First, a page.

This page provides an overview of diaspora engagement in Latin America & the Caribbean (LAC). It draws on knowledge gathered during the mapping of 24 countries to study relevant policy and institutional frameworks, trends, good practices and recommendations at regional level. A long-form version of this regional overview is available to download in English and Spanish.
At the regional level, emigration is an area of primary interest. Although no regional framework properly focuses on either migration or on diaspora engagement, interest is visible at national level: 14 of the 24 countries mapped have a diaspora-related institution, only one country (Dominica) has a diaspora engagement policy, though Jamaica and Guyana are in the drafting process. According to the Emigrant Policies Index (EMIX) framework to analyse the “degree of adoption” of emigrant policies, there are substantial disparities in the 22 countries analysed as to the adoption of policies that are intended to maintain economic, political or social links with migrants.
A few attempts have been made to increase regional cooperation, including the Quito Declaration to promote exchange and dialogue, and the Ibero-American Multilateral Agreement on Social Security. However, these efforts remain marginal.
One regional initiative to watch is a regional policy initiated by CARICOM’s Regional Nursing Body with the aim of addressing ‘brain drain’ in the health sector in the Caribbean.
Dominica is the first and only country in the region to adopt a diaspora engagement policy. Established by the Ministry of Trade, Employment, Industry and Diaspora, the Diaspora Policy focuses on the Dominican diaspora and recognises its ability to contribute meaningfully to the country’s social and economic development.
The Quito Declaration was adopted at the 2016 meeting of Heads of States and Governments of the Community of Latin American and Caribbean States (CELAC). This declaration underlines the need to support the possibility of promoting exchanges, cooperation and dialogues with the diaspora, in accordance with the guidelines set forth in the Plan of Action for the Decade for Persons of African Descent in the Americas (2016-2025). This declaration, however, does not include all diasporas in LAC – or diasporas from the region – as it only focuses on Afro-descendants and mainly relates to their integration.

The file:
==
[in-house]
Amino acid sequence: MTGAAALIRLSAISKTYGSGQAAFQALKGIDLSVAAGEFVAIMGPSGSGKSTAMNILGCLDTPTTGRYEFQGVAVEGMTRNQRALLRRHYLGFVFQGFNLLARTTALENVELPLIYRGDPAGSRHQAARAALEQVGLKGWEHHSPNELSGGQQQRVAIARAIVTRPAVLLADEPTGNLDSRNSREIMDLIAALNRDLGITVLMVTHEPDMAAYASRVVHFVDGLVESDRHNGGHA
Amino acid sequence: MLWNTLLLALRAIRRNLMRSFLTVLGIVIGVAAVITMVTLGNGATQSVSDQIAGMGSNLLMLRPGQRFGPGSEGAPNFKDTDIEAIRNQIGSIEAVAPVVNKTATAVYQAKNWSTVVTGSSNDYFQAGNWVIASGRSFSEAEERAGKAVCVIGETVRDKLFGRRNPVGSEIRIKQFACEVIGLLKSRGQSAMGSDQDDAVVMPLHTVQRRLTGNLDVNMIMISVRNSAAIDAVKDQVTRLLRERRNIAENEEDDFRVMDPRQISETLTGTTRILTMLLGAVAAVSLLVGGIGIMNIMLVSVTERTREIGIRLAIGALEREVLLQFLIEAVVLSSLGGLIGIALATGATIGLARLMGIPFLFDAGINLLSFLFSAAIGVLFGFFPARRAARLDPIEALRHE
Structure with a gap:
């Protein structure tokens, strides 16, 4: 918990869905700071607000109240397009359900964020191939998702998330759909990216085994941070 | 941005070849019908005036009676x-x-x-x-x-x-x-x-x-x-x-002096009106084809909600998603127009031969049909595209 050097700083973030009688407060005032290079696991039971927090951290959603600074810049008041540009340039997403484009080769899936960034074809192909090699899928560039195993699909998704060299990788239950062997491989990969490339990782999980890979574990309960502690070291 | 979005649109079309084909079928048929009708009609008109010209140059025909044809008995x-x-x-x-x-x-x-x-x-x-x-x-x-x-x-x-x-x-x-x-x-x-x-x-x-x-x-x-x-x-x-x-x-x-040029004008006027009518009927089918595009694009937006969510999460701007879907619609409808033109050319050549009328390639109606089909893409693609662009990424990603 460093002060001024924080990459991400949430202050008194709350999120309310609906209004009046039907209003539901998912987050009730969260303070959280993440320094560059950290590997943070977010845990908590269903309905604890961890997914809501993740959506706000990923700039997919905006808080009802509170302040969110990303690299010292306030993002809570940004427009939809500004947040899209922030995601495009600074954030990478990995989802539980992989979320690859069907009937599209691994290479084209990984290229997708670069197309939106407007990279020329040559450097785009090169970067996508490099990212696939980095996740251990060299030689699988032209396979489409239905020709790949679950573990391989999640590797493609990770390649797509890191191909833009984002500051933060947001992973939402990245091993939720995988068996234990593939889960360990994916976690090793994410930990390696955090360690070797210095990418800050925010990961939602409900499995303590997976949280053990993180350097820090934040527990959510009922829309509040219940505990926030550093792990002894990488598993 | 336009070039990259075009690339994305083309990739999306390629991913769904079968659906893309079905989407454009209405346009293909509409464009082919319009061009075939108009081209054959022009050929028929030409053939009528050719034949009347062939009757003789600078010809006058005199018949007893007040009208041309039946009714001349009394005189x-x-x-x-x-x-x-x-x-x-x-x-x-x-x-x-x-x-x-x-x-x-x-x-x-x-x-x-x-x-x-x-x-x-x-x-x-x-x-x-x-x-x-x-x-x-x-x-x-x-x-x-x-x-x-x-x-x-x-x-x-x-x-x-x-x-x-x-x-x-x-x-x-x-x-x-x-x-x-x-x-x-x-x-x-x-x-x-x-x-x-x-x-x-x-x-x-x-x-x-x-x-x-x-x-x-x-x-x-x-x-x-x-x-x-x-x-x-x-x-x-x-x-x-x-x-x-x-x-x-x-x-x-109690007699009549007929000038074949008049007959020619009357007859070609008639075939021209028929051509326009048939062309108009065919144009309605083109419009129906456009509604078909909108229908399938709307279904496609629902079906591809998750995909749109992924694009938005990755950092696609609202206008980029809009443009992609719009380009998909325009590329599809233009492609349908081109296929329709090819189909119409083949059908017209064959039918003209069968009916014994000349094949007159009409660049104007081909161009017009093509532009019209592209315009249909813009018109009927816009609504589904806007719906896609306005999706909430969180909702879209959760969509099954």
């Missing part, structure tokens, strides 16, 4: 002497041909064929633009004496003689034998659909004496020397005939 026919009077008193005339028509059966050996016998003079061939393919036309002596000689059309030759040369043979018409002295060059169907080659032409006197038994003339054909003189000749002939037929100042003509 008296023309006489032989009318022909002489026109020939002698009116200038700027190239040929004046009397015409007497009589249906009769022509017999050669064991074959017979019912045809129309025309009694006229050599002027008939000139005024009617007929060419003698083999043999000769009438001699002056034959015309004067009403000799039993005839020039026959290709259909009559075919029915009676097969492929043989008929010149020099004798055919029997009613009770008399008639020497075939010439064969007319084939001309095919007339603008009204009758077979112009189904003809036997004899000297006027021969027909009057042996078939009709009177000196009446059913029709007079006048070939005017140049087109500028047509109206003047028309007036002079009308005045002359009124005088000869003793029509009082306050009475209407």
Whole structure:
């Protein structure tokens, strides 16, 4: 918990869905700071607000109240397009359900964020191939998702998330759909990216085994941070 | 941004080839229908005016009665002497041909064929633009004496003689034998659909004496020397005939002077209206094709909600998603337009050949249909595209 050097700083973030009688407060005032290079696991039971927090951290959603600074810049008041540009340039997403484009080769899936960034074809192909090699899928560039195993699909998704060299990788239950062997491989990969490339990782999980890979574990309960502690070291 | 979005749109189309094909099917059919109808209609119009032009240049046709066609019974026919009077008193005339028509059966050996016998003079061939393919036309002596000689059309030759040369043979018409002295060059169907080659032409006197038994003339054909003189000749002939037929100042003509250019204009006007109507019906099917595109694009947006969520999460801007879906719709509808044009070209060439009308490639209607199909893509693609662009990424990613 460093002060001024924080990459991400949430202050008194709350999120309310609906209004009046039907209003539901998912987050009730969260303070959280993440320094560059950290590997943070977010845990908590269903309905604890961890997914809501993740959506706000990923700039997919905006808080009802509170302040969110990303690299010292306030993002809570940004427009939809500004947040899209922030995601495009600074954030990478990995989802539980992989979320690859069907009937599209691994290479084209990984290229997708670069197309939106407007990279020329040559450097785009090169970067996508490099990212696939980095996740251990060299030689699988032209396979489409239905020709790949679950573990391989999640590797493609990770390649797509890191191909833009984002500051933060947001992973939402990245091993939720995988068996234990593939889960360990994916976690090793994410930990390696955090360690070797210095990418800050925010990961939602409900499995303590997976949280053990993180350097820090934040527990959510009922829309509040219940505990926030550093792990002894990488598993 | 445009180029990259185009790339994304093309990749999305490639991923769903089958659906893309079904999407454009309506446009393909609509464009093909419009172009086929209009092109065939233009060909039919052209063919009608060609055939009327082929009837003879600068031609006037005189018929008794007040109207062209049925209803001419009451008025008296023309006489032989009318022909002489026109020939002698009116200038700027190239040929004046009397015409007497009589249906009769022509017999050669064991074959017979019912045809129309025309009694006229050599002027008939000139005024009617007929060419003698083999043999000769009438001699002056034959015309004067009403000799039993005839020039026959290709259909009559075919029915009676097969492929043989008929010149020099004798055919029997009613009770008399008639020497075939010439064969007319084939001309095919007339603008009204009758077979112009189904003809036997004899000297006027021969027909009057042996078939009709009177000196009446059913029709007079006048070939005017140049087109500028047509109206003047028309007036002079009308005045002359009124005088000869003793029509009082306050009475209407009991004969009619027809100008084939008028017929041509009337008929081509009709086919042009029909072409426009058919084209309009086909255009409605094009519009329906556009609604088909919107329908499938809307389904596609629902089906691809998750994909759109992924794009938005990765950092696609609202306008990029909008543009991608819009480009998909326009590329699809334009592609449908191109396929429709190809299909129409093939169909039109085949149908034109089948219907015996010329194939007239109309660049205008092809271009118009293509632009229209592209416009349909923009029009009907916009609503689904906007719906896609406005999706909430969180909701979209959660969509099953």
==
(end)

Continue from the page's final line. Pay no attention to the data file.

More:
Although it does not have a diaspora engagement policy per se, the Mexican government has a very comprehensive approach to its diaspora at federal and state levels, with diaspora engagement evident in a variety of official efforts, including laws, norms and institutions.
Some interesting local initiatives can be highlighted, such as the replication of the federal “Programa 2×1” in the State of Zacatecas. Mexico also runs a few programmes to encourage the diaspora to return, whether permanently or not, such as the Paisano Guide (Housing for Mexicans Living Abroad) and “Build in your homeland”.
Jamaica has made progress in policy initiatives to expand on inclusivity and development of the diaspora population, as well as to bridge relationships between diaspora youth populations and Jamaicans living on the island. The Global Diaspora Youth Council was created in 2019 to sustain these connections. The Ministry of Foreign Affairs and Foreign Trade has made it a priority to develop boards and commissions that focus on the diaspora population. Ultimately, the government encourages members of the diaspora to return home to work, raise families, invest, and retire.
Jamaica is currently drafting a fully-fledged diaspora engagement policy.
In 2011, as a result of the Guyanese government’s recognition of the important role the diaspora can play in national development and diaspora potential to fill human capital gaps, a Diaspora Unit was created within the Foreign Affairs Ministry. The Unit liaises between the diaspora and the government, collects information about the diaspora and maintains relations with diaspora leaders.
Guyana is currently drafting a fully-fledged diaspora engagement policy.
In the LAC region, there are two main groups of terminology, ‘diaspora’ is dominant mostly in the island states as well as a few other countries (see 1 and 2), whilst most states on the continent refer to ‘nationals abroad’.
Support in terms of capacity building and access to funding should be provided to organisations to enable them to better structure themselves. Better structured diaspora organisations would provide interlocutors for governments which could be conducive to fostering dialogue.
These are effective ways to further develop the capacities of institutions and diaspora organisations dealing with diaspora engagement.
It would be interesting for both governments and diaspora organisations to exchange with peers based in other regions of the world where diaspora engagement is more advanced (i.e. Africa). In addition, thematic exchanges should be developed with a view to creating thematic networks across regions.
In many cases, in LAC, the policy framework related to diaspora engagement is insufficient. Support should be provided to identify policy frameworks that have already been successfully applied to inform the design of national policies. Moreover, support should be provided to policymakers to facilitate effective implementation of policies and programmes.
Access to funding should be made easier for all stakeholders and more funding should be made available specifically for diaspora engagement initiatives.
Take local realities and the diversity of diaspora interests and priorities into account in order to design capacity development programmes that will gain traction. Co-designing programmes is a good way to achieve this whilst also creating ownership and buy-in from the different stakeholders involved.
Diaspora engagement policies and practicies do not need to be standardised and technical support should not seek to do so.